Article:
What is pro bono?
What do you mean? I hate U2!
Why get involved with pro bono work?
Why should you care about pro bono work? What does this term ‘pro bono’ even mean? It really is much more than just a CV booster and I’m going to tell you why.
Pro bono is shortened from the Latin term “pro bono publico”, meaning “for the public good.” It involves lawyers and law students giving up their time on a voluntary basis for people who need legal assistance, but aren’t in a position to get the necessary support.
However, not all pro bono groups are directed towards people seeking legal advice. E.g. the Streetlaw project targets school children between the ages of eight and 16; giving them an insight into law with the aim of raising their aspirations, as well as increasing their knowledge of law in a broader sense.
Pro bono projects differ greatly in what they offer to both the volunteer and those who benefit from it. There’s something available for everyone wishing to get involved; you could even set up your own pro bono group!
How pro bono benefits you
The personal benefits of pro bono work are both extensive and varied. Group involvement tests and strengthens your teamwork skills, and you also develop your leadership skills if you get involved with the organisation and co-ordination of projects.
Interacting with people from different sectors of society helps you to develop greater personal confidence and other necessary and useful skills, such as negotiation, advocacy and public speaking. E.g. if you become involved with FRU (the Free Representation Unit) then advocacy skills could be readily demonstrated and honed.
On another level, involvement with pro bono work can prove a welcome change from academic work, while remaining a worthwhile way to use your spare time.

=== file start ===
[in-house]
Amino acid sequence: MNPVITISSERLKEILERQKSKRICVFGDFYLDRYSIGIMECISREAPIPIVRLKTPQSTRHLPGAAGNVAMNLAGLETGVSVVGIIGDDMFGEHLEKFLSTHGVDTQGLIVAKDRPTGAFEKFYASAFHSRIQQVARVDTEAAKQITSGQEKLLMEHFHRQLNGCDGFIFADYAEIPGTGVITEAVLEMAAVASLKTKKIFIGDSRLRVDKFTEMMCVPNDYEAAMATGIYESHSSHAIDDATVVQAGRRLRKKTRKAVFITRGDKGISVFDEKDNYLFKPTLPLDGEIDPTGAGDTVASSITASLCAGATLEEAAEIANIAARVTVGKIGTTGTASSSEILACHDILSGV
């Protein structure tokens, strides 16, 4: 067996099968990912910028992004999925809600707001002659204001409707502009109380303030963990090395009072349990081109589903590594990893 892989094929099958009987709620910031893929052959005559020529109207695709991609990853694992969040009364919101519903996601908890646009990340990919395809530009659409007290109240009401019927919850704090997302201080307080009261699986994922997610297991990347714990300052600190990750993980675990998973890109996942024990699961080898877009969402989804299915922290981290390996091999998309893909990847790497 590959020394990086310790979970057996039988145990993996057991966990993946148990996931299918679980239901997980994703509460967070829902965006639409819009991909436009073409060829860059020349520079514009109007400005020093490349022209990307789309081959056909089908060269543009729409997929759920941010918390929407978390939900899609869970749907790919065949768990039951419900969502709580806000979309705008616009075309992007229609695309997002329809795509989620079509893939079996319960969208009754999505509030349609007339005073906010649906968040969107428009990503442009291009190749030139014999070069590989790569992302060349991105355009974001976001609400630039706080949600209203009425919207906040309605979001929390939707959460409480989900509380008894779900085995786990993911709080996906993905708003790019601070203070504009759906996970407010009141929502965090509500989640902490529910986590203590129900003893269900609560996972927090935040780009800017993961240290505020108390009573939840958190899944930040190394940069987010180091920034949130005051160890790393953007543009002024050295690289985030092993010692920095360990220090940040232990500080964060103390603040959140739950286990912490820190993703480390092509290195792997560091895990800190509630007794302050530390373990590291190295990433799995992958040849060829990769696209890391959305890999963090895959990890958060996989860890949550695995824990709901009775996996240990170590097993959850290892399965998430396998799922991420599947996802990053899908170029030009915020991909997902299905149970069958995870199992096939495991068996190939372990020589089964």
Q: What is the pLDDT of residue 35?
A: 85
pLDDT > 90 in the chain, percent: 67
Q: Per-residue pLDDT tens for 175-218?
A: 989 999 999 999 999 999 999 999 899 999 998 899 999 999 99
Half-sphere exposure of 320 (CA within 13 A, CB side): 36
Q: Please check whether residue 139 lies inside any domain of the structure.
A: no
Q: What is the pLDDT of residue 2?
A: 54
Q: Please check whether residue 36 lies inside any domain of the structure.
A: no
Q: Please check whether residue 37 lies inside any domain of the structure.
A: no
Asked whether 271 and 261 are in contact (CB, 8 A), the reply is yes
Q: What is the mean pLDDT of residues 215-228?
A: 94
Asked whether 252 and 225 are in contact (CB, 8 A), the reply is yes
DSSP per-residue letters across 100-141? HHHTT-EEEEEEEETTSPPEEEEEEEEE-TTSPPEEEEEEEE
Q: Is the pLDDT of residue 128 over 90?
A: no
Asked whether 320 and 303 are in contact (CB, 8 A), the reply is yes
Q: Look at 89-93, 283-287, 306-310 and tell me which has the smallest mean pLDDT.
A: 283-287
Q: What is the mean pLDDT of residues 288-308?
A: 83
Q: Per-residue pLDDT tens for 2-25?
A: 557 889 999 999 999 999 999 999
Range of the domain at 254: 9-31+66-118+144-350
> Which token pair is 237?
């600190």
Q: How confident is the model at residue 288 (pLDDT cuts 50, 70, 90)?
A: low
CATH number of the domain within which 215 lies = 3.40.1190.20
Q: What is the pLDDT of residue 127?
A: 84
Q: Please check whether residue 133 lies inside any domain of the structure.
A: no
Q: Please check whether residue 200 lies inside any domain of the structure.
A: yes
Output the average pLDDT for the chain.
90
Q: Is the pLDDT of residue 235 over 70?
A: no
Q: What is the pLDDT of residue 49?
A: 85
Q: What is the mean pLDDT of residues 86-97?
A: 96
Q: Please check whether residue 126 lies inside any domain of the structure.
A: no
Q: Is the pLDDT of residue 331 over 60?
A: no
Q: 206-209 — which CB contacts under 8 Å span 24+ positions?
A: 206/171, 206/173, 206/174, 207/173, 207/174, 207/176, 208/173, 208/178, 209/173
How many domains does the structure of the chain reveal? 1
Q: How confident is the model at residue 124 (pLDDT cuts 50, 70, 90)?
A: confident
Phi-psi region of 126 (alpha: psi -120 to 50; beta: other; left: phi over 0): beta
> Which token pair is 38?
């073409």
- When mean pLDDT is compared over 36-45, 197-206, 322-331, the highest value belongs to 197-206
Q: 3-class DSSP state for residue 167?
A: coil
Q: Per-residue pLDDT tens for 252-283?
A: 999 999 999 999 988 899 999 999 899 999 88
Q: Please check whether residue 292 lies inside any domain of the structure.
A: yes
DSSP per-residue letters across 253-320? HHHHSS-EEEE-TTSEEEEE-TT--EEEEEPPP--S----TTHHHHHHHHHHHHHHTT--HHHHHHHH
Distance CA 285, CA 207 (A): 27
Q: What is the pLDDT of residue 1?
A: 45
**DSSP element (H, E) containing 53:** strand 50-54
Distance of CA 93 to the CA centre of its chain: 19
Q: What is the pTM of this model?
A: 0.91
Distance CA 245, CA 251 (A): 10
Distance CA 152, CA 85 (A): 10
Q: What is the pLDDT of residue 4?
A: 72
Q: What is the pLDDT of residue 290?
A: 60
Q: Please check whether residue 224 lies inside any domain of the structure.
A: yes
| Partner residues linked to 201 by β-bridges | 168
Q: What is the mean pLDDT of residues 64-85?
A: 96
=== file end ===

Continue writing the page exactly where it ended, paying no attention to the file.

The wide range of skills you may develop and perfect can really benefit you in your future career. In the current economic climate, with competition for training contracts and pupillage keener than ever, this kind of involvement can give you an edge over other candidates.
There are many people in need of legal assistance and the capacity to pay for legal help increasingly limited.
Pro bono involvement is a great way to ‘showcase’ your expertise in the area of law that you wish to pursue, while providing a useful service to the people that really need it.
If you can choose the specific pro bono project become involved with, then you should base your decision on the area of law you are most interested in. E.g. if you’re interested in human rights law, you could become involved in schemes like the ‘Innocence Project’ where you may be able to represent and litigate for wrongfully convicted people.
These extra skills can improve your chances of securing a training contract or pupillage.
If you have demonstrated your commitment and interest in the law by becoming involved with pro bono, (especially if it is relevant to your choice of firm or chamber) then this will shine through in an interview.
The growing importance of pro bono…
Recently, the importance of pro bono work has increased. The LawWorks (the working name for the Solicitors’ Pro Bono Group) pro bono awards for practitioners and students identify and acknowledge people who have contributed.
LawWorks collaborates with a vast amount of law firms, evidencing how seriously pro bono is viewed within leading firms. Barristers also dedicate part of their time to pro bono and the Bar Pro Bono Unit co-ordinates the participating organisations.
Lawyers from all areas of practice recognise the importance of pro bono. As a student wanting to enter into a legal career, demonstrating you have been involved with the law on a voluntary level, even before qualification, can only be seen as commendable.